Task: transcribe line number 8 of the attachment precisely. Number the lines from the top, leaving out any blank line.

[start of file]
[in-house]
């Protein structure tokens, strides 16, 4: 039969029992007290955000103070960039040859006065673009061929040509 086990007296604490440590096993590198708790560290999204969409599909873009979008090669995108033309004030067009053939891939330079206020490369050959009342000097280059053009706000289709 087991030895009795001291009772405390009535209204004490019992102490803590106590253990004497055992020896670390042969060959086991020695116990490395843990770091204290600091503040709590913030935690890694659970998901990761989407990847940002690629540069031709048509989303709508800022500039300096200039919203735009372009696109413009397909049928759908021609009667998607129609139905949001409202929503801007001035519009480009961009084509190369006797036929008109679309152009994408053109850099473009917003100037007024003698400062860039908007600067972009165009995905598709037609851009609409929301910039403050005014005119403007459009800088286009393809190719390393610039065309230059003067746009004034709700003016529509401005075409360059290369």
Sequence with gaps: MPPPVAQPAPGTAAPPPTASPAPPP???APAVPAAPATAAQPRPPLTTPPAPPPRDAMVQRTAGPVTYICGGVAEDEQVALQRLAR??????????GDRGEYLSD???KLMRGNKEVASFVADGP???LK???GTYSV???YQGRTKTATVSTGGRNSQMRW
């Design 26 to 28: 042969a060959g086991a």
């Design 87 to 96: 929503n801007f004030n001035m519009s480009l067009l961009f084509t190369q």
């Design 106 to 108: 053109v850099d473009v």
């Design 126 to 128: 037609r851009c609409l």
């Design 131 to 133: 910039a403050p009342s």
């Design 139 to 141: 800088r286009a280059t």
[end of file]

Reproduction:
């Design 131 to 133: 910039a403050p009342s």